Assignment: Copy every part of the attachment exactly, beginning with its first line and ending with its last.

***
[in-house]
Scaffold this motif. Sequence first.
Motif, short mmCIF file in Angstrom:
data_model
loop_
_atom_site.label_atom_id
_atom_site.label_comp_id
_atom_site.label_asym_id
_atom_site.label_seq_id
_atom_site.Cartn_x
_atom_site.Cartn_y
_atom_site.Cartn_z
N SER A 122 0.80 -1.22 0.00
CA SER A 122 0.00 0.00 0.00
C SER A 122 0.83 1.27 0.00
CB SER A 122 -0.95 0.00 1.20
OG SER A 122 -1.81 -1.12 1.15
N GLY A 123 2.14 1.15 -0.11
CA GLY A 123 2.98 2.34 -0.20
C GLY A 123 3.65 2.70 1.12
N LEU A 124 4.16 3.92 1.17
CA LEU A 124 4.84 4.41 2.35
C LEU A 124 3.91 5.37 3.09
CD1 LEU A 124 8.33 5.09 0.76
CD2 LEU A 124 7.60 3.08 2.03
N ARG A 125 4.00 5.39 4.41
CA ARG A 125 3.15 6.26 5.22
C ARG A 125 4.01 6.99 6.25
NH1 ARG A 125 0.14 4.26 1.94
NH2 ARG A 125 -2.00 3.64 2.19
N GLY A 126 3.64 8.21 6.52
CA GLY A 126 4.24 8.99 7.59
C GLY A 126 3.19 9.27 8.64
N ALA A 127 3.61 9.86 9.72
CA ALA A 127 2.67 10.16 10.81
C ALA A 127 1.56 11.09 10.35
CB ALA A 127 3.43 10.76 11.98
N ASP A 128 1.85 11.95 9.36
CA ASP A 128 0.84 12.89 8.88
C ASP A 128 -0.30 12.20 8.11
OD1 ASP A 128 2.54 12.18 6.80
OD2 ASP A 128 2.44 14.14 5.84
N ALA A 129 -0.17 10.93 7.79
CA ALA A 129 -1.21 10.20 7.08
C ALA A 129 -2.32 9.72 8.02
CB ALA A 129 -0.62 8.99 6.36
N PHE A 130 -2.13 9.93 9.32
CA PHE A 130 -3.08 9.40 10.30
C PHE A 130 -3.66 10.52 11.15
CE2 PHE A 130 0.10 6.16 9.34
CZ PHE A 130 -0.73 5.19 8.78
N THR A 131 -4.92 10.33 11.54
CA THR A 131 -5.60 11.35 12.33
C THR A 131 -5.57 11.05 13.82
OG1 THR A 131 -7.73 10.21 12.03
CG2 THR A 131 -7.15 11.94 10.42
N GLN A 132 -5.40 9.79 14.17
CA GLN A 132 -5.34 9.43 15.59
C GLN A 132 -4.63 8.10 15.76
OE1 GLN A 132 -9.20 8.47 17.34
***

[in-house]
Scaffold this motif. Sequence first.
Motif, short mmCIF file in Angstrom:
data_model
loop_
_atom_site.label_atom_id
_atom_site.label_comp_id
_atom_site.label_asym_id
_atom_site.label_seq_id
_atom_site.Cartn_x
_atom_site.Cartn_y
_atom_site.Cartn_z
N SER A 122 0.80 -1.22 0.00
CA SER A 122 0.00 0.00 0.00
C SER A 122 0.83 1.27 0.00
CB SER A 122 -0.95 0.00 1.20
OG SER A 122 -1.81 -1.12 1.15
N GLY A 123 2.14 1.15 -0.11
CA GLY A 123 2.98 2.34 -0.20
C GLY A 123 3.65 2.70 1.12
N LEU A 124 4.16 3.92 1.17
CA LEU A 124 4.84 4.41 2.35
C LEU A 124 3.91 5.37 3.09
CD1 LEU A 124 8.33 5.09 0.76
CD2 LEU A 124 7.60 3.08 2.03
N ARG A 125 4.00 5.39 4.41
CA ARG A 125 3.15 6.26 5.22
C ARG A 125 4.01 6.99 6.25
NH1 ARG A 125 0.14 4.26 1.94
NH2 ARG A 125 -2.00 3.64 2.19
N GLY A 126 3.64 8.21 6.52
CA GLY A 126 4.24 8.99 7.59
C GLY A 126 3.19 9.27 8.64
N ALA A 127 3.61 9.86 9.72
CA ALA A 127 2.67 10.16 10.81
C ALA A 127 1.56 11.09 10.35
CB ALA A 127 3.43 10.76 11.98
N ASP A 128 1.85 11.95 9.36
CA ASP A 128 0.84 12.89 8.88
C ASP A 128 -0.30 12.20 8.11
OD1 ASP A 128 2.54 12.18 6.80
OD2 ASP A 128 2.44 14.14 5.84
N ALA A 129 -0.17 10.93 7.79
CA ALA A 129 -1.21 10.20 7.08
C ALA A 129 -2.32 9.72 8.02
CB ALA A 129 -0.62 8.99 6.36
N PHE A 130 -2.13 9.93 9.32
CA PHE A 130 -3.08 9.40 10.30
C PHE A 130 -3.66 10.52 11.15
CE2 PHE A 130 0.10 6.16 9.34
CZ PHE A 130 -0.73 5.19 8.78
N THR A 131 -4.92 10.33 11.54
CA THR A 131 -5.60 11.35 12.33
C THR A 131 -5.57 11.05 13.82
OG1 THR A 131 -7.73 10.21 12.03
CG2 THR A 131 -7.15 11.94 10.42
N GLN A 132 -5.40 9.79 14.17
CA GLN A 132 -5.34 9.43 15.59
C GLN A 132 -4.63 8.10 15.76
OE1 GLN A 132 -9.20 8.47 17.34